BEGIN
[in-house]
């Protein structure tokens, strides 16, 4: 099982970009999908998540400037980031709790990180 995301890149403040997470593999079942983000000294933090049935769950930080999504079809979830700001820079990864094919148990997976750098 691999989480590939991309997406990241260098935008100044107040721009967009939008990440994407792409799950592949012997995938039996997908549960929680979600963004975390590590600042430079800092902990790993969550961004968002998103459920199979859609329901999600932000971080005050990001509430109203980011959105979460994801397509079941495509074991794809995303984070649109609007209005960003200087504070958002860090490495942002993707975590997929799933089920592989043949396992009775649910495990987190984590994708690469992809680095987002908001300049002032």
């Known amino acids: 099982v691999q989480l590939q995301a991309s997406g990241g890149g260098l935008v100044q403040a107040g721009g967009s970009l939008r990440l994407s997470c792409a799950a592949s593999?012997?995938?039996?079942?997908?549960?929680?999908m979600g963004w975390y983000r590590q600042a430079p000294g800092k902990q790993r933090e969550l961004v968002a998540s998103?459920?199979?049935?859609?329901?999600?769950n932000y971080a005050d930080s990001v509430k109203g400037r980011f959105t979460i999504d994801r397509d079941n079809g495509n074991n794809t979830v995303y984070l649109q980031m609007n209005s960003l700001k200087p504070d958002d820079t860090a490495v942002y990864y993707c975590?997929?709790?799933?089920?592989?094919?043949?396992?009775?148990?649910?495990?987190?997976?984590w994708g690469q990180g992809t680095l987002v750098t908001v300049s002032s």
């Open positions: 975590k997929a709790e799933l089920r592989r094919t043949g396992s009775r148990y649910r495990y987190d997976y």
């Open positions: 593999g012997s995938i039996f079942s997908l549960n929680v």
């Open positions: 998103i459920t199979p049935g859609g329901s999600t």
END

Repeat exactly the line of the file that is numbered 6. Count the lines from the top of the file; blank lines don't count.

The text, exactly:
């Open positions: 998103i459920t199979p049935g859609g329901s999600t």